Tim Duncan wasn't the most mobile person, even in his prime, compared to guys that would hop around a lot, like KG. As such, during the early 2000s, the Spurs primarily went to Duncan in the low- to mid-post for a post up or face up shot (I don't have the advanced stats for this, but I don't think anyone will throw their hands up in disbelief over that last statement.), hence the larger number of two point shots, as well as a slower offense, for the Old Spurs. However, as Pop started to manage Tim's minutes heavily, Spurs must do without their primary and most reliable post scorer for a third of the time they usually get, especially without a suitable substitute. This meant that the offense cannot run through the TD-post-up, and while Tony Parker and Manu Ginobili (GINOBILIIIII!) were all-stars - superstars even - in their own rights, they just weren't the 30-points-a-night kind of guards like a Chris Paul or a Dwyane Wade, which meant that there had to be a more sophisticated system on offense.
The final two figures display Tim Duncan's shooting numbers (left) and Reb/Ast/Blk (right). The black lines mark his per game number, whereas the blue lines are his stats normalized to per 40 minutes. These figures suggests that we should give Timmy a new nickname: Mr. Linearity. Both his shots attempted and shots made are proportional to his playing time, as his near constant minute-adjusted shooting stats indicate. Similarly, his rebounding is also constant per-40 minutes, whereas his assists actually increased marginally over the years, plus a surge in block numbers in the past few years. I don't know what is the more amazing thing here: Tim Duncan's agelessness in 17 years, or Pop's ability to squeeze JUST the right amount of work out of Timmy, or both?
The Unsurprising Conclusion
If you told me at the beginning of this whole investigation that the Spurs were old and that Tim Duncan was a legend, I would have said something like, "what, did you just learn how to read the paper?" I really didn't know what to expect as I first started digging, and I wrote more as I dug further. All I knew was that the Spurs looked a lot better on TV now than they did 6 or 7 years ago, but I wasn't really sure if that was just a product of Miami imploding or god-knows-what. So it's really interesting for me to see that 1) yes, the numbers agree with the observation, and more amazingly, 2) while we've been saying all these years that the Spurs were too old and writing them off year after year, Pop and the whole organization went ahead and tossed the old Spurs out the window, with the foresight that one day, Tim alone would not be enough to win championships. This serves as a direct contrast in the way Miami is riding LeBron to death this year, maybe he should sign with the Spurs this coming season (hah).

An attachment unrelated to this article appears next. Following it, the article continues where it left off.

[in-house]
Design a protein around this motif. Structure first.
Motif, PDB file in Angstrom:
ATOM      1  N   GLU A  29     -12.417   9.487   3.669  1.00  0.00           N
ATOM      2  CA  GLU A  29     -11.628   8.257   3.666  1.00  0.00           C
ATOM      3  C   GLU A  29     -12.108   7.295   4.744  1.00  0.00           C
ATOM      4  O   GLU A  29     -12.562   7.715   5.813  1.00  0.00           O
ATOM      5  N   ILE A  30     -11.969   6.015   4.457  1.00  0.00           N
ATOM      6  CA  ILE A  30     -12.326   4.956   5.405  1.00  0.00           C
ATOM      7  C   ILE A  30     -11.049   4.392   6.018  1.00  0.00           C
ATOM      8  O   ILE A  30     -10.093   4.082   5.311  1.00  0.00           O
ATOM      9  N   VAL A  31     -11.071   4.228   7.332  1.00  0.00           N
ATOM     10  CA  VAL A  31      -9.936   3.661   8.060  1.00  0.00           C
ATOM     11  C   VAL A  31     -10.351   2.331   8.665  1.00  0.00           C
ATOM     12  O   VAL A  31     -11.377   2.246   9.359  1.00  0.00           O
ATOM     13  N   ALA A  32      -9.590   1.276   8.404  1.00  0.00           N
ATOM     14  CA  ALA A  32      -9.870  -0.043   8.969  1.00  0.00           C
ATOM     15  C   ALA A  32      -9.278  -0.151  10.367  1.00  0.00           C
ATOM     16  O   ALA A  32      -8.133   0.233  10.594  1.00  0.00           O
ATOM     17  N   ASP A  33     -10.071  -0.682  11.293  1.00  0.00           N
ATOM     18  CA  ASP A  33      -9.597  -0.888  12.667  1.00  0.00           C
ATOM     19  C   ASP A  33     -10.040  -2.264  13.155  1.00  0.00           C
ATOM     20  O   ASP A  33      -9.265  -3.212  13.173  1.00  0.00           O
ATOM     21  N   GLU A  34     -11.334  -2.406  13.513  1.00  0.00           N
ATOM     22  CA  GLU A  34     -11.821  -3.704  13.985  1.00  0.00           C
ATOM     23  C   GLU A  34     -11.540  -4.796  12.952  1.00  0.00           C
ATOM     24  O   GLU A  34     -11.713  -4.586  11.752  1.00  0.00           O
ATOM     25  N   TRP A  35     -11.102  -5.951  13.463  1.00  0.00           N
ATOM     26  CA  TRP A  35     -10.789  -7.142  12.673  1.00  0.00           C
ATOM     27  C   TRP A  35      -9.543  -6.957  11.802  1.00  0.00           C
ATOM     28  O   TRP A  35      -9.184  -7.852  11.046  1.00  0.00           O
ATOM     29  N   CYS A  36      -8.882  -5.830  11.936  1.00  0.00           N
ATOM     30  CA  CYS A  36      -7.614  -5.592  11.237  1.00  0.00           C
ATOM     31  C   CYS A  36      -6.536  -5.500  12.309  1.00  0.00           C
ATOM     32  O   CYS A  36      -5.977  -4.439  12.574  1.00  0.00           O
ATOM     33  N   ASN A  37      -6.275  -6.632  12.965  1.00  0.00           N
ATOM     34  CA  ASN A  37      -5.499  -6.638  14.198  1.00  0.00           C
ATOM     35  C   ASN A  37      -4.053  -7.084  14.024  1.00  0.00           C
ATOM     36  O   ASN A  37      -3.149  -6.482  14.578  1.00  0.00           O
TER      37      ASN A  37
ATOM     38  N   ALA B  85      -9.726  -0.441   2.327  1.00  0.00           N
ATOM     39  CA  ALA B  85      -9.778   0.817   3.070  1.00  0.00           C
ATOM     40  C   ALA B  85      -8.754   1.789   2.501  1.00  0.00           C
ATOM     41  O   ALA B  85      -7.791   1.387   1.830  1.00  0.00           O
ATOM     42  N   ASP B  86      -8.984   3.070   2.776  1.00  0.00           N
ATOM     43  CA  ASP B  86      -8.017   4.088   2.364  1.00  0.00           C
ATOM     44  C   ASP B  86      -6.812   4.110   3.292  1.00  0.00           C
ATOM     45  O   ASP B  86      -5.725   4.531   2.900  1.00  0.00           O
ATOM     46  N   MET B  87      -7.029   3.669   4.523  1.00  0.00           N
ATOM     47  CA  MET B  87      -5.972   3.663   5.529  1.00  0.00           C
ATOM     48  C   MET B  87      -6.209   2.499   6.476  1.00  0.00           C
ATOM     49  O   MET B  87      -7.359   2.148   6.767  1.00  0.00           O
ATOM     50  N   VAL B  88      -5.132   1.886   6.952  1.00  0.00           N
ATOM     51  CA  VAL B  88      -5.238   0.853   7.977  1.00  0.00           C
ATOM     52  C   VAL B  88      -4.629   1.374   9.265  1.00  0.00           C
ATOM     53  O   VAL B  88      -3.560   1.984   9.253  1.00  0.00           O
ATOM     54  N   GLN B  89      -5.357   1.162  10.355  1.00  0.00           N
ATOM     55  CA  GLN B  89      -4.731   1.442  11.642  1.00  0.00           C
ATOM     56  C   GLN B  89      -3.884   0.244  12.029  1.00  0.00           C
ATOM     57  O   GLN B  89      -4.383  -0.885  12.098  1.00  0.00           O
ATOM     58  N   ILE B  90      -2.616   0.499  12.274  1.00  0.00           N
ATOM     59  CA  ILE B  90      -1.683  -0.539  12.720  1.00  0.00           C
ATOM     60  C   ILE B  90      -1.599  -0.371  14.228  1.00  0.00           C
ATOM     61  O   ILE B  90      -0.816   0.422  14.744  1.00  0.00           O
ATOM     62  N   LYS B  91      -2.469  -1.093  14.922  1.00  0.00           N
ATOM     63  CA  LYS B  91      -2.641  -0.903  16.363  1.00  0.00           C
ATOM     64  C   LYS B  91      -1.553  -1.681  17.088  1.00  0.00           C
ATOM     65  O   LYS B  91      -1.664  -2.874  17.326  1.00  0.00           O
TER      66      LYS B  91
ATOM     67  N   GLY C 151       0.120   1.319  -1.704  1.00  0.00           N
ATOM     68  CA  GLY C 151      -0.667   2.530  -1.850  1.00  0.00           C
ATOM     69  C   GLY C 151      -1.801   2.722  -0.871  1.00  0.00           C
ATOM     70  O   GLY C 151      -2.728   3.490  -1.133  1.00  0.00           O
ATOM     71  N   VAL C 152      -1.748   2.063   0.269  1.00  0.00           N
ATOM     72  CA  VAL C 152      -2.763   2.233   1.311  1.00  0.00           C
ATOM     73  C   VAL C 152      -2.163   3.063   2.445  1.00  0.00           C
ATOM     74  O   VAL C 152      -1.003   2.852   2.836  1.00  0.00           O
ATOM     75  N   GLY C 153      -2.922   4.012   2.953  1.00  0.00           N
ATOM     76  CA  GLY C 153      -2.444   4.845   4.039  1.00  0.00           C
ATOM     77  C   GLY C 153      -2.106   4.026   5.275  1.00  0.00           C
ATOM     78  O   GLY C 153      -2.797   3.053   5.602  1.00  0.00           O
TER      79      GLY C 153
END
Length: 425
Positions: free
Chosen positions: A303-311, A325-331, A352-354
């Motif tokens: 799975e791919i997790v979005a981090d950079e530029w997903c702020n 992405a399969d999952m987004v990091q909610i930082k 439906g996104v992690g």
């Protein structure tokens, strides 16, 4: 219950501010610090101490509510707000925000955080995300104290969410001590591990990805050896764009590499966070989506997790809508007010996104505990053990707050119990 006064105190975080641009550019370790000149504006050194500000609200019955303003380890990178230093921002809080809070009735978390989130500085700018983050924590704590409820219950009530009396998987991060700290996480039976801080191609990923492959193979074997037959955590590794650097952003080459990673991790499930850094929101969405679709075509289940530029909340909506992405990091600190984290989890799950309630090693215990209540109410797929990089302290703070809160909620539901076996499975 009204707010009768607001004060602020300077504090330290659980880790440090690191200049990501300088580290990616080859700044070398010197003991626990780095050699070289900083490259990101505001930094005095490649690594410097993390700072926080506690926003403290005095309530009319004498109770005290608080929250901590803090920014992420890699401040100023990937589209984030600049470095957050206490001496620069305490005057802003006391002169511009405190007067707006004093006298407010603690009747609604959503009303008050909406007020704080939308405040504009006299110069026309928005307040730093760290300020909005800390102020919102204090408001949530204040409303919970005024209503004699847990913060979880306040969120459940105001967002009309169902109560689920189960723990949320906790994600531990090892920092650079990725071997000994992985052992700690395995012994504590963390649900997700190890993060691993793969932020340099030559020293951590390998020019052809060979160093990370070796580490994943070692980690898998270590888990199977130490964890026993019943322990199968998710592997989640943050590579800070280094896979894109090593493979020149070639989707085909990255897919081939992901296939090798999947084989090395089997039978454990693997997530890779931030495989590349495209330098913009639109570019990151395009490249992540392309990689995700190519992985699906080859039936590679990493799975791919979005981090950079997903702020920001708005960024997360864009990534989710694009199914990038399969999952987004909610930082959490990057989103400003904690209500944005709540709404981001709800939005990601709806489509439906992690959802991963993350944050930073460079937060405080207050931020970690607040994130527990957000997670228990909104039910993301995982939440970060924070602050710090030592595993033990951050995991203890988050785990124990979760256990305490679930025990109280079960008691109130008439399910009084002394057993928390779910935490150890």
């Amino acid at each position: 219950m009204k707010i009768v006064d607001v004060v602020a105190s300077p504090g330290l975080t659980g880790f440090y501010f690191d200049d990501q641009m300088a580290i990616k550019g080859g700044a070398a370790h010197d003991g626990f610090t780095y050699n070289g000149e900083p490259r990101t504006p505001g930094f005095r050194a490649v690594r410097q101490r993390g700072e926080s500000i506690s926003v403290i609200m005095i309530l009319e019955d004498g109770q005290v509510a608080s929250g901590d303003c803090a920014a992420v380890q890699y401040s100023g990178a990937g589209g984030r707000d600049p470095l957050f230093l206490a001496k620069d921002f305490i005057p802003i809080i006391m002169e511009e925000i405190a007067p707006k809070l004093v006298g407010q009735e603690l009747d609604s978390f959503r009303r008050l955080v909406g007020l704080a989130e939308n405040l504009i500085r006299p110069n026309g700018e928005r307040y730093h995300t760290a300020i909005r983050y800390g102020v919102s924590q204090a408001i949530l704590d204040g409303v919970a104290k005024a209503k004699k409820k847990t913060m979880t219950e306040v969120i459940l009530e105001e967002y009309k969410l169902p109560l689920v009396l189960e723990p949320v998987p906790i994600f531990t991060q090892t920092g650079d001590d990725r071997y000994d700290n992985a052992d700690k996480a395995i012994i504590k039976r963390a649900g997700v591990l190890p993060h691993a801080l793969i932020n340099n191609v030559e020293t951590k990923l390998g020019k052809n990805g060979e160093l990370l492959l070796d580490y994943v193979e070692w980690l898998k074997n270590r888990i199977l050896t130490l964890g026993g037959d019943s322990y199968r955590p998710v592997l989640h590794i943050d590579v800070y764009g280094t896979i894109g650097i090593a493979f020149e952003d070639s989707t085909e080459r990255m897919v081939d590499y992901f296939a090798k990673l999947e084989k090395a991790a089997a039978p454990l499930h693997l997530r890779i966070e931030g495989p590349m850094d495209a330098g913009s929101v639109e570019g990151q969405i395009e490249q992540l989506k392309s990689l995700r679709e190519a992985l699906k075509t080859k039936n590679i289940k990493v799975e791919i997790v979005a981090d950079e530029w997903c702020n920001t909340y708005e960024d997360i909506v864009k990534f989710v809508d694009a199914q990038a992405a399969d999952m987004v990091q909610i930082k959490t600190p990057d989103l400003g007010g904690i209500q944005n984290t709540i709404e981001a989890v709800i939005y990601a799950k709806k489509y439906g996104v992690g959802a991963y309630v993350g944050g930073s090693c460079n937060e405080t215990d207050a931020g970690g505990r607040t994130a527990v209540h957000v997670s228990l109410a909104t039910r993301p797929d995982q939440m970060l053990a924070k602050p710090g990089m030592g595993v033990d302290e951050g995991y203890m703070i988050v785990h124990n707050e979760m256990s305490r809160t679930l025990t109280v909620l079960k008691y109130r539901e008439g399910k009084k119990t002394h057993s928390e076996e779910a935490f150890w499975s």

Honestly though: the Spurs getting too old 6 seasons ago was the reason why the Spurs won the title this year. Isn't that something? Granted, they got their fair share of good luck in drafting Tony, Manu, and more recently, Kawhi Leonard, as well as the revitalization of the likes of Danny Green and Boris Diaw. But as the saying goes, good luck happens to hard working people. I don't know what could be more unlucky than losing out on a title while being 6 seconds away, but hey, in the end, everything worked out. Thanks for reading, this was really fun.
First of all, none of this analysis had any statistical backing. Really, it was me looking at lines and judging what correlated with and *gasp* caused what. So, you know, don't get too serious about it, I'll even pass along the polished dataset for anyone interested. I do wish that I had some more advanced metrics to actually give a mechanism for the Spurs' quicker and more efficient offense, other than the explanation that they had to do it because Tim's old. Also, I wanted to run some more sophisticated (read:any) analysis tools...well, I did give linear regression a try, and it didn't turn out to be much more useful than my naked eye. A legitimate caveat of this analysis is that for the field goal and category stats, they are 82-game average stats, adjusted to 82-game average pace, instead of stats averaged to pace per game, then averaged over 82 games. These two routes usually give extremely similar results, especially in a rather large sample size. However, the effect of averaging the average (our case) is that it will erase some of the outliers that would have been present if the stats were adjusted per game, which is less accurate but smooths things out a bit, so we like that.